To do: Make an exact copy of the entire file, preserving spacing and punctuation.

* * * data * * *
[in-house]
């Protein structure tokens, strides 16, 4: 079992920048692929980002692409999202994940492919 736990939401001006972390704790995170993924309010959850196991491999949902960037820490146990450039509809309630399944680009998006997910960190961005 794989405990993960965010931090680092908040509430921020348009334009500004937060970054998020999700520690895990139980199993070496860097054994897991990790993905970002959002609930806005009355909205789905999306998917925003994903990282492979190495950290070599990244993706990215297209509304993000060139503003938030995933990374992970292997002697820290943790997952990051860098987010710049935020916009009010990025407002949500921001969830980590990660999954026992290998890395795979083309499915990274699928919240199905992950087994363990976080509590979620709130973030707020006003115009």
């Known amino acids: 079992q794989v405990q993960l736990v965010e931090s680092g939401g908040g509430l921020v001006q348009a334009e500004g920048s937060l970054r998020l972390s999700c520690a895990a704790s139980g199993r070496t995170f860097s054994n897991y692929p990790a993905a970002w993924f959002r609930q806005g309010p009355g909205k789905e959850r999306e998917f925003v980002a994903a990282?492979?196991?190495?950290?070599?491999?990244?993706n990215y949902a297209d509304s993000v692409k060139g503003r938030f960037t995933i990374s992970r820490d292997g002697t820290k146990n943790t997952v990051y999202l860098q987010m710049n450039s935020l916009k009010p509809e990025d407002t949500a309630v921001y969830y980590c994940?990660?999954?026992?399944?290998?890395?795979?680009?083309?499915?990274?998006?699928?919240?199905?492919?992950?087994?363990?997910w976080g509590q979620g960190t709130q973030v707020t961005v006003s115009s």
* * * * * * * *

[in-house]
């Protein structure tokens, strides 16, 4: 079992920048692929980002692409999202994940492919 736990939401001006972390704790995170993924309010959850196991491999949902960037820490146990450039509809309630399944680009998006997910960190961005 794989405990993960965010931090680092908040509430921020348009334009500004937060970054998020999700520690895990139980199993070496860097054994897991990790993905970002959002609930806005009355909205789905999306998917925003994903990282492979190495950290070599990244993706990215297209509304993000060139503003938030995933990374992970292997002697820290943790997952990051860098987010710049935020916009009010990025407002949500921001969830980590990660999954026992290998890395795979083309499915990274699928919240199905992950087994363990976080509590979620709130973030707020006003115009």
């Known amino acids: 079992q794989v405990q993960l736990v965010e931090s680092g939401g908040g509430l921020v001006q348009a334009e500004g920048s937060l970054r998020l972390s999700c520690a895990a704790s139980g199993r070496t995170f860097s054994n897991y692929p990790a993905a970002w993924f959002r609930q806005g309010p009355g909205k789905e959850r999306e998917f925003v980002a994903a990282?492979?196991?190495?950290?070599?491999?990244?993706n990215y949902a297209d509304s993000v692409k060139g503003r938030f960037t995933i990374s992970r820490d292997g002697t820290k146990n943790t997952v990051y999202l860098q987010m710049n450039s935020l916009k009010p509809e990025d407002t949500a309630v921001y969830y980590c994940?990660?999954?026992?399944?290998?890395?795979?680009?083309?499915?990274?998006?699928?919240?199905?492919?992950?087994?363990?997910w976080g509590q979620g960190t709130q973030v707020t961005v006003s115009s």